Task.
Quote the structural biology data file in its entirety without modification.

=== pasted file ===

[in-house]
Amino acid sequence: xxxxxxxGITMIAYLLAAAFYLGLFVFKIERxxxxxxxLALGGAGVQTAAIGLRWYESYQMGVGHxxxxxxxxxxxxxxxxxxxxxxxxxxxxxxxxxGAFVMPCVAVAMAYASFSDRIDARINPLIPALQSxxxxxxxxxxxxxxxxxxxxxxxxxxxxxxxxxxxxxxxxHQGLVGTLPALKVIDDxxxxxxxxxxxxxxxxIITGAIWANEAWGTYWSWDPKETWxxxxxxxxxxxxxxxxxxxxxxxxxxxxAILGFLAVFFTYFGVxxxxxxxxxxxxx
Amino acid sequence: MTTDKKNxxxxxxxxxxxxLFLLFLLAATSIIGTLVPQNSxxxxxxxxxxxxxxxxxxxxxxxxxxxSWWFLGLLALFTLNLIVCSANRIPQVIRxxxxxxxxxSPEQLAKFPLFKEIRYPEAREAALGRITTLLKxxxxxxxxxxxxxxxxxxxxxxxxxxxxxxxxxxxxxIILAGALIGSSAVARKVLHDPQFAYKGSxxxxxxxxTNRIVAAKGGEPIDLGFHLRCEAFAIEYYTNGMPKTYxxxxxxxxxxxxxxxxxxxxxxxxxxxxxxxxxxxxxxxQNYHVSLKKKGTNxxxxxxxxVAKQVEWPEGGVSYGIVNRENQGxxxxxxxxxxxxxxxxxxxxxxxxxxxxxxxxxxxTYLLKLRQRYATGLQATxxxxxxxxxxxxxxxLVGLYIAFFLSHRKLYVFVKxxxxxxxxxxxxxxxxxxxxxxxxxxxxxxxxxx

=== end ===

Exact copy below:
[in-house]
Amino acid sequence: xxxxxxxGITMIAYLLAAAFYLGLFVFKIERxxxxxxxLALGGAGVQTAAIGLRWYESYQMGVGHxxxxxxxxxxxxxxxxxxxxxxxxxxxxxxxxxGAFVMPCVAVAMAYASFSDRIDARINPLIPALQSxxxxxxxxxxxxxxxxxxxxxxxxxxxxxxxxxxxxxxxxHQGLVGTLPALKVIDDxxxxxxxxxxxxxxxxIITGAIWANEAWGTYWSWDPKETWxxxxxxxxxxxxxxxxxxxxxxxxxxxxAILGFLAVFFTYFGVxxxxxxxxxxxxx
Amino acid sequence: MTTDKKNxxxxxxxxxxxxLFLLFLLAATSIIGTLVPQNSxxxxxxxxxxxxxxxxxxxxxxxxxxxSWWFLGLLALFTLNLIVCSANRIPQVIRxxxxxxxxxSPEQLAKFPLFKEIRYPEAREAALGRITTLLKxxxxxxxxxxxxxxxxxxxxxxxxxxxxxxxxxxxxxIILAGALIGSSAVARKVLHDPQFAYKGSxxxxxxxxTNRIVAAKGGEPIDLGFHLRCEAFAIEYYTNGMPKTYxxxxxxxxxxxxxxxxxxxxxxxxxxxxxxxxxxxxxxxQNYHVSLKKKGTNxxxxxxxxVAKQVEWPEGGVSYGIVNRENQGxxxxxxxxxxxxxxxxxxxxxxxxxxxxxxxxxxxTYLLKLRQRYATGLQATxxxxxxxxxxxxxxxLVGLYIAFFLSHRKLYVFVKxxxxxxxxxxxxxxxxxxxxxxxxxxxxxxxxxx